|The TA800-80 Reflector|
Before I start I should probably say that I live in the middle of nowhere and except Stansted airport two miles away there are no street lights so I'm not guaranteeing that my experiences will match your own. That been said, it is light enough to pack into the car and travel somewhere out the way.
First impressions out of the box are that it is quite well made and robust. The metal construction on the telescope itself seems solid and the tripod is also well made. Included with the scope are three viewing lenses along with a Barlow which times whatever lens you are using my three. The three lenses are 20mm, 12.5mm and a 6mm. Working out the lenses is easy but essentially all you have to really realise is that the larger the number the wider the picture is going to be, and the brighter the picture (because there is more light being collected.)
Putting the scope together is very quick and easy, the only thing that may take a little trial and error is setting up the spotting scope but with up/down and left/right adjustment wheels built into the spot-scope itself its pretty self explanatory. Easiest way I found to set up the spotting scope is to simply use the moon as a reference.
Late on Christmas day I was lucky enough to have a completely clear sky and an almost full moon to gaze at with Jupiter a thumbs width in the sky away from the moon. In fact I found Jupiter completely by accident and was so thrilled when I saw Jupiter's moons sprawled around the distant planet. Finding objects with this telescope is not too difficult but you have to have some patience. Best bet is to use the 20mm lens to find your object and then go down to the 12.5mm. The 6mm doesn't zoom in much farther and is difficult to view through owing to the small viewing hole and subsequently you are forever re-adjusting (in the farthest zoom you are lucky to have maybe fifteen seconds of viewing before the movement of the planet means having to re-adjust.) The Barlow multiplier lens is OK, but remember you are multiplying an image being reflected off of a mirror and therefore it is not going to be any clearer than the smaller image.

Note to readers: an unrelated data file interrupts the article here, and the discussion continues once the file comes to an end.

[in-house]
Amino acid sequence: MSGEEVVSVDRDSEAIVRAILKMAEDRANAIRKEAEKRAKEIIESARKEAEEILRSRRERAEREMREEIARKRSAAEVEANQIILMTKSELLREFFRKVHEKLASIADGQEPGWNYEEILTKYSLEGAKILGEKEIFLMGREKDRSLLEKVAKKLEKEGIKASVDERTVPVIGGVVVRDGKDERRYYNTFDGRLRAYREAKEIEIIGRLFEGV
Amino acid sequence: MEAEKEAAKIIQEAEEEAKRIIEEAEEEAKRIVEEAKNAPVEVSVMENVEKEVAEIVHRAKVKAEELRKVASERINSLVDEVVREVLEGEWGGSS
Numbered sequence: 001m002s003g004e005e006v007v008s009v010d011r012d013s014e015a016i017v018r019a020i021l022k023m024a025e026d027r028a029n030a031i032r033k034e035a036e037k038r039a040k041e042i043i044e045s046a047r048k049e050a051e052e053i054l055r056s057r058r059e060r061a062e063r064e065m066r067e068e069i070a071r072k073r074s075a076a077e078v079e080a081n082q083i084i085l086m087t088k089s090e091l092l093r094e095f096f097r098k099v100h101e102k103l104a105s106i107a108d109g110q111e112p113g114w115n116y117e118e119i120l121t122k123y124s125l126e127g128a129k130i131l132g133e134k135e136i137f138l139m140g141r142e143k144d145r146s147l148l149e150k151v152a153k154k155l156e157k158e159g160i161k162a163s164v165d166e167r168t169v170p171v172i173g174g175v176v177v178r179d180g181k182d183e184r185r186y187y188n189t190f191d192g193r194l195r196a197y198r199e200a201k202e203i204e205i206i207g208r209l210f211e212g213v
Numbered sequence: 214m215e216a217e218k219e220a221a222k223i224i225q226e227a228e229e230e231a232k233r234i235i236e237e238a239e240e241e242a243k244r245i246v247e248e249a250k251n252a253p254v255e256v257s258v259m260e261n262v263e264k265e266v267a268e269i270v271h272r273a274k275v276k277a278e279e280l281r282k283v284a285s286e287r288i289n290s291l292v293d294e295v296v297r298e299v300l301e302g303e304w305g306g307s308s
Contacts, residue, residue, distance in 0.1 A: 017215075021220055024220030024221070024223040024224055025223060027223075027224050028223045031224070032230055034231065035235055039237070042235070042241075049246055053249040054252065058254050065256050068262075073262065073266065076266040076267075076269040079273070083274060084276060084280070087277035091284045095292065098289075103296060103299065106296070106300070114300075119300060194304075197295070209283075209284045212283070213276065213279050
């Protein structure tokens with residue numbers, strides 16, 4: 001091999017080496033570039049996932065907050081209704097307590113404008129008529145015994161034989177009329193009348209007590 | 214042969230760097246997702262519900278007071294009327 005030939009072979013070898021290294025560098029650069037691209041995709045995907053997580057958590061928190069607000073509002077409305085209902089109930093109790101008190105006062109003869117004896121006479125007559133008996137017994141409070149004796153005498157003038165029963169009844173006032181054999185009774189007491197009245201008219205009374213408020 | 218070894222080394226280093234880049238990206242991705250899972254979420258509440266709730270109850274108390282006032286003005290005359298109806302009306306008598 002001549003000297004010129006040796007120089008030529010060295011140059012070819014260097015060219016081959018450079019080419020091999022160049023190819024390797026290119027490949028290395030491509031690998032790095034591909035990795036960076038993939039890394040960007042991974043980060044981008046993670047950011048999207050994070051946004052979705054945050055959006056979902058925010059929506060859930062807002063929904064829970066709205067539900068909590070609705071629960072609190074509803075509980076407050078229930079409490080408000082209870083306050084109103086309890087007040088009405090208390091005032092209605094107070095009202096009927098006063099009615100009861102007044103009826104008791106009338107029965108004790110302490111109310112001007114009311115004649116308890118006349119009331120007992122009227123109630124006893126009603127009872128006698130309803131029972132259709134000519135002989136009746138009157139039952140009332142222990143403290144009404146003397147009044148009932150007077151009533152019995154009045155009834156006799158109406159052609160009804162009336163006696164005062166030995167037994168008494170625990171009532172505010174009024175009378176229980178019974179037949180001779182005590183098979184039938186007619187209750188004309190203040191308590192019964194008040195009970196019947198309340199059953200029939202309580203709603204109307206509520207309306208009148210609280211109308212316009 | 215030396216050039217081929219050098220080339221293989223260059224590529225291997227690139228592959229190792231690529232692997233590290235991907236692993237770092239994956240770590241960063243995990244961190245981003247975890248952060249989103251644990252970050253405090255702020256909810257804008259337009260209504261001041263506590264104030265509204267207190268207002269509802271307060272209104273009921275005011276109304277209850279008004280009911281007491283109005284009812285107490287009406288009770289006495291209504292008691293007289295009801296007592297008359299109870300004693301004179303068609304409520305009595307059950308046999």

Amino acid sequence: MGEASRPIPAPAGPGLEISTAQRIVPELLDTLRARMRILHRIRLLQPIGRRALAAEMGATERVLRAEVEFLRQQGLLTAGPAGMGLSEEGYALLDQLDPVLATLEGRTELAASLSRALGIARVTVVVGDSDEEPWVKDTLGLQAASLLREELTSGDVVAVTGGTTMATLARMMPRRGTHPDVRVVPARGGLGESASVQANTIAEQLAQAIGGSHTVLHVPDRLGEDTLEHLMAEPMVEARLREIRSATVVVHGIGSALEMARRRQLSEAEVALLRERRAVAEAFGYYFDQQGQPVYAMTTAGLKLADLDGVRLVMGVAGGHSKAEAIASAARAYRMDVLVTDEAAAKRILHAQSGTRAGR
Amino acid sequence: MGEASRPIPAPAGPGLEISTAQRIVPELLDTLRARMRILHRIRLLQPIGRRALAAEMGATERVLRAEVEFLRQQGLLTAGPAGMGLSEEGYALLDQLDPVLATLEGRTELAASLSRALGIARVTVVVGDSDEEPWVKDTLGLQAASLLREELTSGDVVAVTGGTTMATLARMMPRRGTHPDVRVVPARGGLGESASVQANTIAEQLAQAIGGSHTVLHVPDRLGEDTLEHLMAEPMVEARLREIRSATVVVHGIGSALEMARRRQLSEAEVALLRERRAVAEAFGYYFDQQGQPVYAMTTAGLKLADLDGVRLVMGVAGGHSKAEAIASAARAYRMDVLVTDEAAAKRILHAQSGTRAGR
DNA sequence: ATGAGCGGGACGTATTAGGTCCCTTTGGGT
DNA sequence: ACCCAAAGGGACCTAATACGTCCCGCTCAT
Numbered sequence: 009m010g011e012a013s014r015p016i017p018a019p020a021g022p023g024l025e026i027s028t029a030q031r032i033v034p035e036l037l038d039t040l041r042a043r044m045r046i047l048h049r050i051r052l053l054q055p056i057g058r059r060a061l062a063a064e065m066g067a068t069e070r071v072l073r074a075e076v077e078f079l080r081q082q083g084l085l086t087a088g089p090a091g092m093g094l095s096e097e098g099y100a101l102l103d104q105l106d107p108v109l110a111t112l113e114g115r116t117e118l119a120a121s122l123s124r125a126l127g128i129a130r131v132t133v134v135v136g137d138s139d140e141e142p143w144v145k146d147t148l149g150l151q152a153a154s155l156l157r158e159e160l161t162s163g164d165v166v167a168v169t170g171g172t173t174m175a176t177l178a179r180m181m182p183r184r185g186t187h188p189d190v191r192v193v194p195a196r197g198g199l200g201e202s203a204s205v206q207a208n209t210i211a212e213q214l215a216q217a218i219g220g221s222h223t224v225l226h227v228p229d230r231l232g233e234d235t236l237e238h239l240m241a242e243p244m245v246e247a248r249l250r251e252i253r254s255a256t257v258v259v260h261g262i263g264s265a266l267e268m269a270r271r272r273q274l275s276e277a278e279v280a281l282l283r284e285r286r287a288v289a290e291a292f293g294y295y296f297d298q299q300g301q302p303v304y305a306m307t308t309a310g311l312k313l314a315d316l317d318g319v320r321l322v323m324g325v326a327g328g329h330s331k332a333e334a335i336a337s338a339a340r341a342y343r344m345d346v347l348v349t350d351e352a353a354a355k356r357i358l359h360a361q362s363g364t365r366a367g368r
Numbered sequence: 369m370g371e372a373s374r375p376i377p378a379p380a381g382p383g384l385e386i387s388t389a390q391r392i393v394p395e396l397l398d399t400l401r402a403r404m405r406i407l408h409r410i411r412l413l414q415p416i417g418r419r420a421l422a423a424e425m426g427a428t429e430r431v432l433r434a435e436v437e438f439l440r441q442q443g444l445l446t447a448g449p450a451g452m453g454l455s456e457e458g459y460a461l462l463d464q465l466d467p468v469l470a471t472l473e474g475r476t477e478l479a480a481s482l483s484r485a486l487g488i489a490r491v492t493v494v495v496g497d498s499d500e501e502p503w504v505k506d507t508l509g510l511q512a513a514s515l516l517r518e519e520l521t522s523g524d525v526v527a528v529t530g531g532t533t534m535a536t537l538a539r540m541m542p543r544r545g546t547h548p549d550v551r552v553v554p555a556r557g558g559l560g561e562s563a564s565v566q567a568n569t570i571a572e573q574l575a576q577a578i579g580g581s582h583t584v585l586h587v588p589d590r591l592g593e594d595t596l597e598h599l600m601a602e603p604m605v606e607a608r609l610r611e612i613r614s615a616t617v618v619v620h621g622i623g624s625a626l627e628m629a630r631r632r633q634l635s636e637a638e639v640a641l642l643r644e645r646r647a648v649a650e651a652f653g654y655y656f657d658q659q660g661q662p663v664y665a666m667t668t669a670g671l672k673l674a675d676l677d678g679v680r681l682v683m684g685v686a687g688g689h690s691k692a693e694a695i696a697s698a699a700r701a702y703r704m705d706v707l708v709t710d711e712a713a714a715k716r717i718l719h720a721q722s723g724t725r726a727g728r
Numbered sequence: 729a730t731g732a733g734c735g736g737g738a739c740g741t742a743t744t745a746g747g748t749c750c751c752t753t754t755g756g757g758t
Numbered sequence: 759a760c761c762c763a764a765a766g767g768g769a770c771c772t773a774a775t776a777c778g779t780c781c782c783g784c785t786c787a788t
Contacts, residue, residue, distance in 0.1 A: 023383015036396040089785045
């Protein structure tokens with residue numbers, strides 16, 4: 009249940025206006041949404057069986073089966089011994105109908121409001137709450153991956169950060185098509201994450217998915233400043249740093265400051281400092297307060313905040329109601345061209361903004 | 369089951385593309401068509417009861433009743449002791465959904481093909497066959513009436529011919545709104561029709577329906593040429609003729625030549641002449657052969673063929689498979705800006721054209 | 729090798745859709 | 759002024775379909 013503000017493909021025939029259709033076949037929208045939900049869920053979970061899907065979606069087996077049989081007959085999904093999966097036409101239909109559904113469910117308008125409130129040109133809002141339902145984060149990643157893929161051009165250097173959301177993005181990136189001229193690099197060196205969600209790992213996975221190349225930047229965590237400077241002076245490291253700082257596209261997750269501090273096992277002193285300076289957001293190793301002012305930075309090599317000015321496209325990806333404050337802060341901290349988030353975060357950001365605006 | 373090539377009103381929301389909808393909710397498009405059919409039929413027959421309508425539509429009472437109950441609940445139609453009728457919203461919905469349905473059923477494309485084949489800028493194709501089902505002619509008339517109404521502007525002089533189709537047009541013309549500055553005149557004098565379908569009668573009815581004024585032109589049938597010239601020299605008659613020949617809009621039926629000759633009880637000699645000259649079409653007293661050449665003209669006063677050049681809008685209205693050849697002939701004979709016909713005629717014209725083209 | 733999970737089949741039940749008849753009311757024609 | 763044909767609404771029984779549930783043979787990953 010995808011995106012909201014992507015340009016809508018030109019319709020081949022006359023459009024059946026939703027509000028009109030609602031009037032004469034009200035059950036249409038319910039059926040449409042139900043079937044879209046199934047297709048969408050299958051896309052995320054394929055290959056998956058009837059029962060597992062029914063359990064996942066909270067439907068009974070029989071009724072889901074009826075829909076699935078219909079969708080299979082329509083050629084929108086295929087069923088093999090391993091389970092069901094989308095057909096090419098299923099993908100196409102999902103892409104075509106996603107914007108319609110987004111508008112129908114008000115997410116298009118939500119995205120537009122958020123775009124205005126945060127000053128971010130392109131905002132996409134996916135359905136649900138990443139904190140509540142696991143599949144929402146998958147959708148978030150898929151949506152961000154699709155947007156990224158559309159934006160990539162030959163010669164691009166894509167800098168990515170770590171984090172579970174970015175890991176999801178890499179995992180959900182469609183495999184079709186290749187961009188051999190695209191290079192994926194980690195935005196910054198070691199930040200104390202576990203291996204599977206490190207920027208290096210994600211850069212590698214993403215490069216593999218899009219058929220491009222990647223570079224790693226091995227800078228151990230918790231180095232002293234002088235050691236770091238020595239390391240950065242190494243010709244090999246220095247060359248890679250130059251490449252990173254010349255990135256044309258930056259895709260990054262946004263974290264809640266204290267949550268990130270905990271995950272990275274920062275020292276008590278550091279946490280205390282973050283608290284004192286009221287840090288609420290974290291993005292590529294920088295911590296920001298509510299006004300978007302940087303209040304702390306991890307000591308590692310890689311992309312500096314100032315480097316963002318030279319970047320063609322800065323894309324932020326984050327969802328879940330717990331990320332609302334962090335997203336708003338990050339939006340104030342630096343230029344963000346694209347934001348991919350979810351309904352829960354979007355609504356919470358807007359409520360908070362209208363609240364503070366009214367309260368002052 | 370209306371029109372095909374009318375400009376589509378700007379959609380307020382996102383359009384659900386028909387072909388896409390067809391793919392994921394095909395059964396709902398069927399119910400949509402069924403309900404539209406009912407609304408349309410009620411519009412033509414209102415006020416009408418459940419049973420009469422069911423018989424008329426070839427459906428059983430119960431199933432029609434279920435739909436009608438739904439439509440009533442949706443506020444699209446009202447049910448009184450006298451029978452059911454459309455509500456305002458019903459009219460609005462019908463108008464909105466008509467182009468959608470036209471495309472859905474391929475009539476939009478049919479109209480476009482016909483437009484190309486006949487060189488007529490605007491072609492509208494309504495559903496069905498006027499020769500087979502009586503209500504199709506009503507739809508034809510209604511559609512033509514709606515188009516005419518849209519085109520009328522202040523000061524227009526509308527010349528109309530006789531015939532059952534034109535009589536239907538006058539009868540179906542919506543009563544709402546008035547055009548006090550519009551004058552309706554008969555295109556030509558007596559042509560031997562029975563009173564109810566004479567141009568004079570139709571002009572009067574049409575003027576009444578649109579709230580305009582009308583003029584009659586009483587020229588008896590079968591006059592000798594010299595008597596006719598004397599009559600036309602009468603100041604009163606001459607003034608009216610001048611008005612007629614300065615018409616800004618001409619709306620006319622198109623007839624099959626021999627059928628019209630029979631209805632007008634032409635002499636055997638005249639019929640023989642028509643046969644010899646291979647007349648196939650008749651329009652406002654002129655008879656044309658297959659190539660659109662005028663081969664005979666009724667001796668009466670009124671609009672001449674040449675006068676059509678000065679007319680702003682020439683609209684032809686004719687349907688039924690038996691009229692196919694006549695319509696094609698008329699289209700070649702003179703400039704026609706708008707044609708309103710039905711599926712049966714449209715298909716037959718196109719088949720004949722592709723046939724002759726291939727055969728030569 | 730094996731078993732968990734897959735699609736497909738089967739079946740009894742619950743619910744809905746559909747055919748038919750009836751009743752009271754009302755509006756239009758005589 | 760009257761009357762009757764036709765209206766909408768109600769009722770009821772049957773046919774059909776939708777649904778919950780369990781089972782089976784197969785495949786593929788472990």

Views of Jupiter through the 12.5mm lens multiplied through the Barlow show the planets stripes (just) and the moons appear as tiny stars surrounding the gas giant. Owing to the heaven's current orbits I've only been able to view Jupiter and the moon thus far but I'm looking forward to my future discoveries.
The moon however looks beautiful especially when some of it is in darkness and you can see the ridges of the craters still bathed in sunlight. I know most people use moon filters and I'm surprised this doesn't come with one. I'm sure you could get one to fit this telescope as the 1.5" fitting seems to be pretty universal but in all honesty just using a pair of sunglasses would probably get around this.
As a representation of what you might expect to see through this telescope here are some images (not my own) which tally up pretty well with what I've experienced so far.
|What you might expect to see through the 20mm lens.|
|What you might expect to see through the 12.5mm. (Just.)|
|Taken from my Canon 400D through the viewing lens.|
I now can't wait to find the other planets in the sky with this thing. For fifty quid it really is a great little device for getting to grips with astronomy and making sure it is something which you will enjoy for a longer period of time.
So in conclusion:
- Stability can be a bit of a nuisance and a lot of the time by the time you've got it in view, focused and its stopped wobbling its time to re-adjust again.
- Its only enough to get you interested! Its brilliant for me as I feel like a kid again using this but once I've exhausted the local planets I do feel that maybe this will have passed its usefulness. I would be tempted to say this would make a good 'toy' but I know as a child I'd have been disappointed with the detail you can pick up on anything other than the moon. As an adult you obviously have more realistic expectations about the devices abilities.
- Cheap (at least when on offer) introduction to astronomy.
- Easy to set up, simple point and focus, no hassle.
- Light and small enough to transport if need be.
As a side note, if you are wondering whether to get one I think you'd be best looking on Ebay for a second hand one as these no doubt will only serve folk for a short time before they progress onto something a little more manly or get bored.
If you want a program to use on your computer there are a few around but I find that Celestia is a brilliant one as it not only shows the solar system in its current state but also allows you to travel to distant stars and investigate what they are like.
You can get a free download here:
Or for a really helpful program to give you some bearings try Stellarium which you can download here:
Failing that, if you have a smartphone look up Google Sky. Its a free app which shows you what you are seeing in the night sky. Problem can be that it doesn't really understand exactly where you are pointing it but if you work off of landmarks in the sky that you know you shouldn't have any issue.